Well doesn’t that beat all…Johnny Baker an ordinary bush plane pilot fromNorthern Ontario havin’ the government folks from Ottawa knockin’ on my door. “Mr. Baker what’s your secret for livin’ a long life?” That’s one question that plum wears a fella out after a while. I know what I’d like to tell them, smoke like a chimney, drink like a fish and make as much whoopee just as long as the workins are a workin’. But I’m Johnny Baker, the kind old gentleman that I am and don’t tell them that kinda stuff and besides all that drinkin’ and smokin’ was before I got religion.
I pondered a spell…before tellin’ these government men my secret to livin’ a long life. Mostly a fella best watch what he’s sayin’. We’ve all heard many of the well-meaning spoutin’ off before they get their minds in gear. “I think I’m catching a cold. I feel the flu comin’ on. My arthritis gets to actin’ up whenever there’s a change in the weather. Everybody in my family died before they were 70.” That kind of talk is sure to have you pushin’ up daisies before you’re even eighty. I say if you be treatin’ people the way you would like to be treated and don’t be belly-achin’ about every little ache or pain, it’ll go a long way in seein’ you live a long life.
I figured these government fella’s had more on their minds than studyin’ my longevity although I couldn’t remember for the life of me fallin’ into arrears on my income tax. Something important must surely be a brewin’. These fellas tipped their hats extendin’ their greetings on behalf of the Prime Minister tellin’ me I was the oldest Canadian survivor of WWII. Bein a lot of folks have taken to listenin’ to my radio show on the Northern Hoot Wireless Network they wanted me to give a speech on Remembrance Day, broadcastin’ live from Ottawa. I gotta tell you folks I was humbled to no end. They were sayin’ that bein’ it was the 100th anniversary commemoratin’ WWI they were plannin’ the biggest dog-gone celebration honourin’ the war veterans this country has ever seen…television, a big splash in the newspaper, a holiday for the youngsters and a big hoopla in the Capitol. The Governor General and all the government big wigs would be puttin’ in an appearance; even Queen Lizzy was plannin’ a tour of the Commonwealth and might show up. Figure that one; she’s pretty near as old as I am and could pass on to glory crossin’ the ocean on that big ship of hers. They’d have to move the entire shindig to the Old Country to be puttin’ the dear lady to rest.
These two fellas got to askin’ me about the war and what went on overseas—not somethin’ many of us feel comfortable talkin’ about. A lot of folks figured I was some kind of a hero or somethin’ for joinin’ up to serve my country. The truth of the matter was I was sick of stackin’ firewood, tendin’ to the garden, and havin’ to go to school. Then there was the two dollars and ten cents a day they were payin’ new recruits and Mary- Lou from Bruce Mines who told me she was crazy about soldier boys in uniform. Oh Mary-Lou, I’m not likely to forget that summer afternoon in the hay loft when all the cows were a moo-in’ —but that’s another story for another day.
I was polite and all, at least that’s the face I put on, figurin’ I better act respectable or I’d be givin’ older folks a bad name. They tell me the Prime Minister would be waitin’ for my reply. Well after a week or so went by and bein’ I’m at the age when every mornin’ if I wake up I pinch myself…I figured I better be lettin’ them know sooner rather than later. I got my great-grandson to send off a message on his electronic letter sendin’ device.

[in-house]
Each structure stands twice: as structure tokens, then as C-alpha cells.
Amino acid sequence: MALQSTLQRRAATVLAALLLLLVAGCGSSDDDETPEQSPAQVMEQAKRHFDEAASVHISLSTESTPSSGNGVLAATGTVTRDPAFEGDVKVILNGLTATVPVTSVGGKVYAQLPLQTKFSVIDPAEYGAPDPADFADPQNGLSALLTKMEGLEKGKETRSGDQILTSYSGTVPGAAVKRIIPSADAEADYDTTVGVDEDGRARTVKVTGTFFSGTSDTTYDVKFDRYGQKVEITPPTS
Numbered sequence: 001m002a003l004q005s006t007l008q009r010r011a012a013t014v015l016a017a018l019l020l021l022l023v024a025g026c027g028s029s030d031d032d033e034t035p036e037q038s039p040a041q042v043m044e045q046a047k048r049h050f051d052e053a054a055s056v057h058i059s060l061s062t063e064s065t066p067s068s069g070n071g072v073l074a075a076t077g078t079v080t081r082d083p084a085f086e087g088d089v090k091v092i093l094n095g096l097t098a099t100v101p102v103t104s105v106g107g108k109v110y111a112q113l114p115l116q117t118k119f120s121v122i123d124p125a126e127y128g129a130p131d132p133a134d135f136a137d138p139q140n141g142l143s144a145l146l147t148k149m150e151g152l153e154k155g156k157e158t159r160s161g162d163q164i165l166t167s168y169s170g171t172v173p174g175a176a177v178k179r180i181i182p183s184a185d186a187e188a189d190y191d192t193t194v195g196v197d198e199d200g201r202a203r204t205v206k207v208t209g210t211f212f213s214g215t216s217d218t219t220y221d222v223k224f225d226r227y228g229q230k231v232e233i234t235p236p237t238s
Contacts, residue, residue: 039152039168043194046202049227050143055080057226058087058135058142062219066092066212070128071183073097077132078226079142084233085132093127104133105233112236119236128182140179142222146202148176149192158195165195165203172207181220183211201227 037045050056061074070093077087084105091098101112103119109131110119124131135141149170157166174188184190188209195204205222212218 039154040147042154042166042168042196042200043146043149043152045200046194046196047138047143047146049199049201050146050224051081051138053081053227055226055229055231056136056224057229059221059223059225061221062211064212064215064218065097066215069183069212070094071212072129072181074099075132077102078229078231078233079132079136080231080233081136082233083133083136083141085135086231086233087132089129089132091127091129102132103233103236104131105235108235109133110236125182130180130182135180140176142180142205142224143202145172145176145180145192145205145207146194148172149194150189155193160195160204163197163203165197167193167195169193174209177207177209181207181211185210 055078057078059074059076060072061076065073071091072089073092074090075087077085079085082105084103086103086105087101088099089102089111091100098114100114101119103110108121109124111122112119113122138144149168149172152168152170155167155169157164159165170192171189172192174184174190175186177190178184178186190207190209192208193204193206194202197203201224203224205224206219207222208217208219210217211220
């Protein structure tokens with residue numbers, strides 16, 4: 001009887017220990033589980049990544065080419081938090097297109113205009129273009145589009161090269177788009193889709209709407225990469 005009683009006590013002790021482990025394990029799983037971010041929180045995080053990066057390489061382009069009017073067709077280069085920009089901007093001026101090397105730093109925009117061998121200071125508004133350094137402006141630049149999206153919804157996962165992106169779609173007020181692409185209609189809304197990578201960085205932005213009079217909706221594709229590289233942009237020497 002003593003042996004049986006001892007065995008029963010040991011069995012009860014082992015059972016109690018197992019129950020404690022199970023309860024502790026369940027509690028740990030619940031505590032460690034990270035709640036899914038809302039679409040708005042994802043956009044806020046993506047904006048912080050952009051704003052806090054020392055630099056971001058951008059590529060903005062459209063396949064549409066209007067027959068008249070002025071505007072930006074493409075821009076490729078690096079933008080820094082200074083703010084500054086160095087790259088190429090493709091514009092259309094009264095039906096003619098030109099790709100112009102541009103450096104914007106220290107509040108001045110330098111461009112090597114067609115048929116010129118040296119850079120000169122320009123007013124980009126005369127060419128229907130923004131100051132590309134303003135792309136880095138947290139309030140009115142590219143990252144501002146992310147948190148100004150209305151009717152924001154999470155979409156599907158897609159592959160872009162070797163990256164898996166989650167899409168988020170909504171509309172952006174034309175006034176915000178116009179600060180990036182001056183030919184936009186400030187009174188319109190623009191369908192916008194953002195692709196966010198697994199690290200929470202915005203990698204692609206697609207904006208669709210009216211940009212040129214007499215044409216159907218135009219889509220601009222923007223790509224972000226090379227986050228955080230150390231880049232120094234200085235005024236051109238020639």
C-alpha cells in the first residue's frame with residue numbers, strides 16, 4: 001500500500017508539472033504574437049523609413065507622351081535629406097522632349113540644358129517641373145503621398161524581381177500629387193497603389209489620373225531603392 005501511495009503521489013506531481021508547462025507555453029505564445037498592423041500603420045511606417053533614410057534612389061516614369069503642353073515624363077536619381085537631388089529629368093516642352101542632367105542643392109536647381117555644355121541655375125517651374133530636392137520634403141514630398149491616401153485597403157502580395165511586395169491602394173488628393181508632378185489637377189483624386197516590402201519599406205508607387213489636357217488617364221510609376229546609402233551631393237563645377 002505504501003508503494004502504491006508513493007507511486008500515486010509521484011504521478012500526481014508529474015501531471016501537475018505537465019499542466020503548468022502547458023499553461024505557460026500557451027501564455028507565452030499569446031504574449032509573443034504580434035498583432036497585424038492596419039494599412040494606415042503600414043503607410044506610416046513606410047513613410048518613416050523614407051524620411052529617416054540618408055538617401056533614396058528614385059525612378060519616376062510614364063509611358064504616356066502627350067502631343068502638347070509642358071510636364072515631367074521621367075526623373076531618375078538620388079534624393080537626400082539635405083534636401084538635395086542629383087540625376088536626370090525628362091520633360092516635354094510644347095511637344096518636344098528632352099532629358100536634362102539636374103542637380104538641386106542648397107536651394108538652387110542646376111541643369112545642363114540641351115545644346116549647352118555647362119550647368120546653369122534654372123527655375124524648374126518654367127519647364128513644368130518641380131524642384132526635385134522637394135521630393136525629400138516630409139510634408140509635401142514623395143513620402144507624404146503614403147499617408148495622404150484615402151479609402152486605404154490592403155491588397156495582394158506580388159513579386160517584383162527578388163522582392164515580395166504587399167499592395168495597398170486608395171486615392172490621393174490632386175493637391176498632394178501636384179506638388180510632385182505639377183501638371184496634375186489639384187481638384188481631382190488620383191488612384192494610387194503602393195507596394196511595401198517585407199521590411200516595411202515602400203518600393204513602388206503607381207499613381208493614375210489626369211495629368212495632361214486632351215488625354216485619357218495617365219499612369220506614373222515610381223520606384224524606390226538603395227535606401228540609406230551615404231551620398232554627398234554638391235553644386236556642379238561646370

Dear Mr. Prime Minister:
I wish to thank you for your kind offer and after much consideration I gratefully accept. I promise to keep my remarks brief; being there will be a whole lot of government folks giving speeches that will go on and on and on. I drafted a copy of my remarks which my great-grandson has attached for your consideration.
This Remembrance Day Ceremony is not about those of us who survived the war but the ultimate sacrifice made by young Canadian men and women who never made it home. Many of them were medics, nurses, and Chaplin’s who never carried a rifle who willingly laid down their lives. They were the heroes who carried the wounded across the battlefield, wiped the brow of an injured soldier and bent low over a dying warrior to utter a final prayer. It’s a tribute to those who are immortalized by a field of crosses in Flanders—their courage, their self-sacrifice, their duty to country, so the rest of us could raise our families and live in peace and harmony.
People were saying when the first war ended in 1919 it was the war to end all wars. We thought that after the suffering experienced by so many, that folks from around the world would surely wake up and say—never again. History continues to prove us wrong…time and time again. I am sure of this—that if all the young men and women who sacrificed their lives were to come back to life they would have us think long and hard before putting our troops in harm’s way. The graves we see before us are their testimony appealing for tolerance and understanding that we might set the world on a new path of peace—A path that begins with trying to understand the other fella.
But how can we stand by when we find ourselves facing an enemy that has no regard for its own people with an agenda of death and destruction that publicly executes civilians. This is the conflict that wages war in my soul…because I surely believe that peace begins right at home in our community and with our own family. Peace, my dear friends, begins with me.
From Ottawa—this is Johnny Baker signin’ off.